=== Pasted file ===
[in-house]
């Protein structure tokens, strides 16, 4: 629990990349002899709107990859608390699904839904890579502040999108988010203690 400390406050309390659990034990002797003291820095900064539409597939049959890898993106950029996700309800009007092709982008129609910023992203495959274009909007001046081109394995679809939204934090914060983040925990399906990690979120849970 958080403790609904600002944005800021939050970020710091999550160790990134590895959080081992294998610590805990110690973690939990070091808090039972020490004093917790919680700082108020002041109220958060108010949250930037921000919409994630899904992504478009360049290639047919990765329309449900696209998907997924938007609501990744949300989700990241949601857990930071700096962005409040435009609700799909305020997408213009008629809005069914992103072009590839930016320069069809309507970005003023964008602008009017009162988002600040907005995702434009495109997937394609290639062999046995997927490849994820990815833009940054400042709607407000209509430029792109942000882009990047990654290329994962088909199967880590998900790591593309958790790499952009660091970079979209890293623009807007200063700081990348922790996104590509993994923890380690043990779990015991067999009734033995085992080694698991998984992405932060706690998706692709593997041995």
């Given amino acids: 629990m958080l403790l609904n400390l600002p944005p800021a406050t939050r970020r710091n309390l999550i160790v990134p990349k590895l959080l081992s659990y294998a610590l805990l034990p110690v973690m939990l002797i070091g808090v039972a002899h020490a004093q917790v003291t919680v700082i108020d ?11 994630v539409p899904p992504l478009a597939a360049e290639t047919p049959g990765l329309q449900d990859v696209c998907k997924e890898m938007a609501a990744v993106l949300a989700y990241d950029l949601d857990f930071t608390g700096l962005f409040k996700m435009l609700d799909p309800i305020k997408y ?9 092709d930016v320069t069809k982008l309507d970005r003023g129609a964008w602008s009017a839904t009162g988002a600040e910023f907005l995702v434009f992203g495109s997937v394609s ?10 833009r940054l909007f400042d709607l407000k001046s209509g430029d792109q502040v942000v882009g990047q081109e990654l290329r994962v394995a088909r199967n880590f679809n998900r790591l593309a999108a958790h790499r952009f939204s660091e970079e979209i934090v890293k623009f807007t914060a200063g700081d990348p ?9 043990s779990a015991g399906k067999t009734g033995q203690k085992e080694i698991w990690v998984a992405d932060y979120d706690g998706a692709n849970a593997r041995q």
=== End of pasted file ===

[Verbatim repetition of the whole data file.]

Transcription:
[in-house]
């Protein structure tokens, strides 16, 4: 629990990349002899709107990859608390699904839904890579502040999108988010203690 400390406050309390659990034990002797003291820095900064539409597939049959890898993106950029996700309800009007092709982008129609910023992203495959274009909007001046081109394995679809939204934090914060983040925990399906990690979120849970 958080403790609904600002944005800021939050970020710091999550160790990134590895959080081992294998610590805990110690973690939990070091808090039972020490004093917790919680700082108020002041109220958060108010949250930037921000919409994630899904992504478009360049290639047919990765329309449900696209998907997924938007609501990744949300989700990241949601857990930071700096962005409040435009609700799909305020997408213009008629809005069914992103072009590839930016320069069809309507970005003023964008602008009017009162988002600040907005995702434009495109997937394609290639062999046995997927490849994820990815833009940054400042709607407000209509430029792109942000882009990047990654290329994962088909199967880590998900790591593309958790790499952009660091970079979209890293623009807007200063700081990348922790996104590509993994923890380690043990779990015991067999009734033995085992080694698991998984992405932060706690998706692709593997041995």
């Given amino acids: 629990m958080l403790l609904n400390l600002p944005p800021a406050t939050r970020r710091n309390l999550i160790v990134p990349k590895l959080l081992s659990y294998a610590l805990l034990p110690v973690m939990l002797i070091g808090v039972a002899h020490a004093q917790v003291t919680v700082i108020d ?11 994630v539409p899904p992504l478009a597939a360049e290639t047919p049959g990765l329309q449900d990859v696209c998907k997924e890898m938007a609501a990744v993106l949300a989700y990241d950029l949601d857990f930071t608390g700096l962005f409040k996700m435009l609700d799909p309800i305020k997408y ?9 092709d930016v320069t069809k982008l309507d970005r003023g129609a964008w602008s009017a839904t009162g988002a600040e910023f907005l995702v434009f992203g495109s997937v394609s ?10 833009r940054l909007f400042d709607l407000k001046s209509g430029d792109q502040v942000v882009g990047q081109e990654l290329r994962v394995a088909r199967n880590f679809n998900r790591l593309a999108a958790h790499r952009f939204s660091e970079e979209i934090v890293k623009f807007t914060a200063g700081d990348p ?9 043990s779990a015991g399906k067999t009734g033995q203690k085992e080694i698991w990690v998984a992405d932060y979120d706690g998706a692709n849970a593997r041995q």